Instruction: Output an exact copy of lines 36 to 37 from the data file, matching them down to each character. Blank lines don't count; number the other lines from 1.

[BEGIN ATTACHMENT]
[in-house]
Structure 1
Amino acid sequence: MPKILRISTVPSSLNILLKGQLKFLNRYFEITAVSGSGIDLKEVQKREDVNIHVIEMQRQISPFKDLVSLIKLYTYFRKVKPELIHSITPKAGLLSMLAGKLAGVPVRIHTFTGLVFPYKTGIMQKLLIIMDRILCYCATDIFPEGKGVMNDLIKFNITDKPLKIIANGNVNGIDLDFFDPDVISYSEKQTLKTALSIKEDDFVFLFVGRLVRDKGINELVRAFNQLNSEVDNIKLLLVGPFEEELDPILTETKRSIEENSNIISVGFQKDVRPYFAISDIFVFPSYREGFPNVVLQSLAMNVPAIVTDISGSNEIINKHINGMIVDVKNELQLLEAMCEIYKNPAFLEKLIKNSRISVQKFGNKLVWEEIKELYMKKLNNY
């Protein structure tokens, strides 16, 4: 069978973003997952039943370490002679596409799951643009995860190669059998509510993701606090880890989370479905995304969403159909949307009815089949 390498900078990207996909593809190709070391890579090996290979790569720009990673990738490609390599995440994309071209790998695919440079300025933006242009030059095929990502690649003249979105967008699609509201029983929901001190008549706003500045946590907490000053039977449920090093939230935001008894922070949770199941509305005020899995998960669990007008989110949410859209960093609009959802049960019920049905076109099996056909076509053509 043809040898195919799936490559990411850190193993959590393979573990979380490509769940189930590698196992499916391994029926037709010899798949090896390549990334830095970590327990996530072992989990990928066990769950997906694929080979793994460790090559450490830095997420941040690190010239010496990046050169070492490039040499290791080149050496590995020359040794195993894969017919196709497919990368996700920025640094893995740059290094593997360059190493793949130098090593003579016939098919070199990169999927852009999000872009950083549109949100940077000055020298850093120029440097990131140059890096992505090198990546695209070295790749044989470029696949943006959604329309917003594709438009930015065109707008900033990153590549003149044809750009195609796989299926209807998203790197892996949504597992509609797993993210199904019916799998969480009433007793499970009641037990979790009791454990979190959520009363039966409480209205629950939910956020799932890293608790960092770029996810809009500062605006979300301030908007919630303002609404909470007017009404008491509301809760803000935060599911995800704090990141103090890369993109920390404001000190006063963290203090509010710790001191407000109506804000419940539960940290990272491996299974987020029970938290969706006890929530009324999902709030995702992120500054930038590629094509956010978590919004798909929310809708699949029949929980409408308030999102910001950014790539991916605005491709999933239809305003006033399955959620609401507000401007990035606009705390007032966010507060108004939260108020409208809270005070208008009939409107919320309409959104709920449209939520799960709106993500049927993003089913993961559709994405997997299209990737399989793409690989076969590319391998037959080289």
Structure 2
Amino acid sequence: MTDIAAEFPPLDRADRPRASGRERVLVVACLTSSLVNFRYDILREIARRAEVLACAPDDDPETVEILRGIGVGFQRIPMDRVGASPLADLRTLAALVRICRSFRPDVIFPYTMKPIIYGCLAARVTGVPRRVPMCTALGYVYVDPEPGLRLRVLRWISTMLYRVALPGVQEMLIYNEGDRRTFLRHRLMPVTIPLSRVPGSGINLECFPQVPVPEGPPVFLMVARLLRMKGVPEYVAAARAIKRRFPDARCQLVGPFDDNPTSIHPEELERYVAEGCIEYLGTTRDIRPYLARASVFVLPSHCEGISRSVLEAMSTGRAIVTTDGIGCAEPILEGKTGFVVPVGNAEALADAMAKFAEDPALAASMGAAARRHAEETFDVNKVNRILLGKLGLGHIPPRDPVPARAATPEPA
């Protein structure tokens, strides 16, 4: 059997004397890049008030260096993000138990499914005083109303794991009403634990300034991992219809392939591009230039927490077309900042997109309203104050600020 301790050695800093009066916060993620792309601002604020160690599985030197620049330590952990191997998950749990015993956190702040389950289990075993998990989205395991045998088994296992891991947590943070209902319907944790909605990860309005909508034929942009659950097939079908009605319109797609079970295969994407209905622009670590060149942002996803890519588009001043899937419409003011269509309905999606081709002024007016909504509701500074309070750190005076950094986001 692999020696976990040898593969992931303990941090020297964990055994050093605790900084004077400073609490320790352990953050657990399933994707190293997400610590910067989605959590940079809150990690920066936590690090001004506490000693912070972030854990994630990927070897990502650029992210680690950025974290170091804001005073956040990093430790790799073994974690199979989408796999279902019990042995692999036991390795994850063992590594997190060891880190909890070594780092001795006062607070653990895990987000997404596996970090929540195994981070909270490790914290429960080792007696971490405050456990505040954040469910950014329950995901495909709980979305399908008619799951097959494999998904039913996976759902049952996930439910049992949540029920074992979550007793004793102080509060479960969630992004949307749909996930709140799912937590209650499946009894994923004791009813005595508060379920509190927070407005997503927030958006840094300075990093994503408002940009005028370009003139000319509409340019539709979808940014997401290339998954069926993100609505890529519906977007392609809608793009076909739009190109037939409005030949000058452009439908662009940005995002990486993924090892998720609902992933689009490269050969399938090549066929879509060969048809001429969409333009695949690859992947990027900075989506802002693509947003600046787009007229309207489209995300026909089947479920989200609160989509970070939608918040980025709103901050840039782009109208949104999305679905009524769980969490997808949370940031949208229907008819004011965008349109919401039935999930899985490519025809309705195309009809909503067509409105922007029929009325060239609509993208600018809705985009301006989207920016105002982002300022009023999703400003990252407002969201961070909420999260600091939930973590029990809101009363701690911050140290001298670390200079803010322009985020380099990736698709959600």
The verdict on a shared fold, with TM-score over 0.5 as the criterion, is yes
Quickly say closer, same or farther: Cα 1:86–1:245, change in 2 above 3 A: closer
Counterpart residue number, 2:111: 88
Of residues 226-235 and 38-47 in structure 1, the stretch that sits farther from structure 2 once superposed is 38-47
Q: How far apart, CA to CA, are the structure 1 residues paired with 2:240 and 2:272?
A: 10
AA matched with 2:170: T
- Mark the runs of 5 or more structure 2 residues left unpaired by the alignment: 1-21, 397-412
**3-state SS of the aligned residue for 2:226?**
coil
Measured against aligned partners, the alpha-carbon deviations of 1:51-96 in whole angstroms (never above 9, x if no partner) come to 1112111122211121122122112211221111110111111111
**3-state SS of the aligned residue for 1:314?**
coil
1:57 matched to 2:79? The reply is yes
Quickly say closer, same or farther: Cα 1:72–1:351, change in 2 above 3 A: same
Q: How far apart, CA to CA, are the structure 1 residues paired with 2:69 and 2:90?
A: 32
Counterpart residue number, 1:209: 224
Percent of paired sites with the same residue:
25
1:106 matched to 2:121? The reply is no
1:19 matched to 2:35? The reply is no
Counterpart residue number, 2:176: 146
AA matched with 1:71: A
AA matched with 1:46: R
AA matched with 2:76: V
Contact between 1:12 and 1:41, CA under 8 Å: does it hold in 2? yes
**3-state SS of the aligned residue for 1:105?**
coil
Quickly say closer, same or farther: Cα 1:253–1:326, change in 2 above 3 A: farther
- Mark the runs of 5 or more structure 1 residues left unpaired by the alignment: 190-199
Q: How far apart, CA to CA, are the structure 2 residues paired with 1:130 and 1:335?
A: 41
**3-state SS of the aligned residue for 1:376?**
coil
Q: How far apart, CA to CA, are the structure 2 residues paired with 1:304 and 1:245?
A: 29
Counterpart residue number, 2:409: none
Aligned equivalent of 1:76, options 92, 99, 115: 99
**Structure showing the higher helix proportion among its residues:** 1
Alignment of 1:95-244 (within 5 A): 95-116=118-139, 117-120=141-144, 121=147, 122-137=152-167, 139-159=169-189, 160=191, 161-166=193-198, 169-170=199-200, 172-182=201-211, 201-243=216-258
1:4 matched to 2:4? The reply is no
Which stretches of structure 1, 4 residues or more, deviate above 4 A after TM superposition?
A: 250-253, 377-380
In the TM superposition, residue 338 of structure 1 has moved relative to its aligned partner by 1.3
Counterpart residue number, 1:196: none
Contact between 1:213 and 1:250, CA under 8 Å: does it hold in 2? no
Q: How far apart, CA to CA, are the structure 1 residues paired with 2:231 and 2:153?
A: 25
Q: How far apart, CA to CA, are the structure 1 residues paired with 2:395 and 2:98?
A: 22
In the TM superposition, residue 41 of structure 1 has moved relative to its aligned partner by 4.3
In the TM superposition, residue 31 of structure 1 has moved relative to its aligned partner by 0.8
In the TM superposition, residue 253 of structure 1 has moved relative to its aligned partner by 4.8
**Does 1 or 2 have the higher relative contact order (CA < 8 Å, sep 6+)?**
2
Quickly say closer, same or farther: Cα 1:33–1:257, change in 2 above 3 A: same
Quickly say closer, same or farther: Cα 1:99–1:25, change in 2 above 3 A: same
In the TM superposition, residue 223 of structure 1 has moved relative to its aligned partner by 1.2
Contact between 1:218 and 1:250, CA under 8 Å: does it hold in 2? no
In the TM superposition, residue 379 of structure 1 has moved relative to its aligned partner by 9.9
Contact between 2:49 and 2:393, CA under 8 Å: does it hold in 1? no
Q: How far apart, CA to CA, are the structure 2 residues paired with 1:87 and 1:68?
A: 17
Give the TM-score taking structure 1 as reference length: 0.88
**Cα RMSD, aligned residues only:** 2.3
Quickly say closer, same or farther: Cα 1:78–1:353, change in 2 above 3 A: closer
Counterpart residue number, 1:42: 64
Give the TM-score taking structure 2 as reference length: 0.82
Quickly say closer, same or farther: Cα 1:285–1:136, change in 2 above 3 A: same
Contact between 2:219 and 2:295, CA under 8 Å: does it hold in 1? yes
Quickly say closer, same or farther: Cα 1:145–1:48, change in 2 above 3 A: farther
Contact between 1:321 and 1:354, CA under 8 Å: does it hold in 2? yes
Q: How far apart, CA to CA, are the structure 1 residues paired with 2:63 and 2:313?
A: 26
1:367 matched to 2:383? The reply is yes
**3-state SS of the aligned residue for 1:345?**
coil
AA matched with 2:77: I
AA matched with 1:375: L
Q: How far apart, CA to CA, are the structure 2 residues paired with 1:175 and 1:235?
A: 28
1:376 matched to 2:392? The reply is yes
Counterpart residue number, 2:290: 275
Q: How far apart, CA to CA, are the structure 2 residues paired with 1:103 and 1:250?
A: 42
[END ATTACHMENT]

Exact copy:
coil
Quickly say closer, same or farther: Cα 1:253–1:326, change in 2 above 3 A: farther